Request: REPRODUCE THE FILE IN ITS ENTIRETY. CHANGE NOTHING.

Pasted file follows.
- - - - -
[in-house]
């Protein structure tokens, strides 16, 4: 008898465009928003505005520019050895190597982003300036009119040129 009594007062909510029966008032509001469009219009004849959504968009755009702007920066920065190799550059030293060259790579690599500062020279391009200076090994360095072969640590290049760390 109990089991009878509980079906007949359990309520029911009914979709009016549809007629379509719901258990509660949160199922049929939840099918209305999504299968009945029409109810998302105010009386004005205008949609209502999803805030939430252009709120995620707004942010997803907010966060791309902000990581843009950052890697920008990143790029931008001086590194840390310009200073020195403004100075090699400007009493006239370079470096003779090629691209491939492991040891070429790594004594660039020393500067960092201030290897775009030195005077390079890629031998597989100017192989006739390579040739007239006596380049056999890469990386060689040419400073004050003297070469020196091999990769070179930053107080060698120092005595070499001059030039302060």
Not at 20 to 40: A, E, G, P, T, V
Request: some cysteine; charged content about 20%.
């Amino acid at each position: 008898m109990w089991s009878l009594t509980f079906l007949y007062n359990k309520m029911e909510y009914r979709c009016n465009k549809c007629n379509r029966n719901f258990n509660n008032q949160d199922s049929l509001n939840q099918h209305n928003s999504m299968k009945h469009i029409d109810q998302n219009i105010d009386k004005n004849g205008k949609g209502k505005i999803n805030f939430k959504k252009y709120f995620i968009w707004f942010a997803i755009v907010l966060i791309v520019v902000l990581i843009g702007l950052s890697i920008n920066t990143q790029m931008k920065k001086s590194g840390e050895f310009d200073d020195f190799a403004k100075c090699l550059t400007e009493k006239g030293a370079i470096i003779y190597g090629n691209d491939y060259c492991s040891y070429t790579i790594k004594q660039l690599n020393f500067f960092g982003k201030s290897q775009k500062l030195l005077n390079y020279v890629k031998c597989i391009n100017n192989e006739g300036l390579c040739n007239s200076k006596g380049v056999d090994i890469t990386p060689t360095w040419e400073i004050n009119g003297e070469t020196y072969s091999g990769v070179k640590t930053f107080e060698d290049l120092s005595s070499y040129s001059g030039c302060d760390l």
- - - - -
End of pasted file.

[in-house]
């Protein structure tokens, strides 16, 4: 008898465009928003505005520019050895190597982003300036009119040129 009594007062909510029966008032509001469009219009004849959504968009755009702007920066920065190799550059030293060259790579690599500062020279391009200076090994360095072969640590290049760390 109990089991009878509980079906007949359990309520029911009914979709009016549809007629379509719901258990509660949160199922049929939840099918209305999504299968009945029409109810998302105010009386004005205008949609209502999803805030939430252009709120995620707004942010997803907010966060791309902000990581843009950052890697920008990143790029931008001086590194840390310009200073020195403004100075090699400007009493006239370079470096003779090629691209491939492991040891070429790594004594660039020393500067960092201030290897775009030195005077390079890629031998597989100017192989006739390579040739007239006596380049056999890469990386060689040419400073004050003297070469020196091999990769070179930053107080060698120092005595070499001059030039302060």
Not at 20 to 40: A, E, G, P, T, V
Request: some cysteine; charged content about 20%.
């Amino acid at each position: 008898m109990w089991s009878l009594t509980f079906l007949y007062n359990k309520m029911e909510y009914r979709c009016n465009k549809c007629n379509r029966n719901f258990n509660n008032q949160d199922s049929l509001n939840q099918h209305n928003s999504m299968k009945h469009i029409d109810q998302n219009i105010d009386k004005n004849g205008k949609g209502k505005i999803n805030f939430k959504k252009y709120f995620i968009w707004f942010a997803i755009v907010l966060i791309v520019v902000l990581i843009g702007l950052s890697i920008n920066t990143q790029m931008k920065k001086s590194g840390e050895f310009d200073d020195f190799a403004k100075c090699l550059t400007e009493k006239g030293a370079i470096i003779y190597g090629n691209d491939y060259c492991s040891y070429t790579i790594k004594q660039l690599n020393f500067f960092g982003k201030s290897q775009k500062l030195l005077n390079y020279v890629k031998c597989i391009n100017n192989e006739g300036l390579c040739n007239s200076k006596g380049v056999d090994i890469t990386p060689t360095w040419e400073i004050n009119g003297e070469t020196y072969s091999g990769v070179k640590t930053f107080e060698d290049l120092s005595s070499y040129s001059g030039c302060d760390l």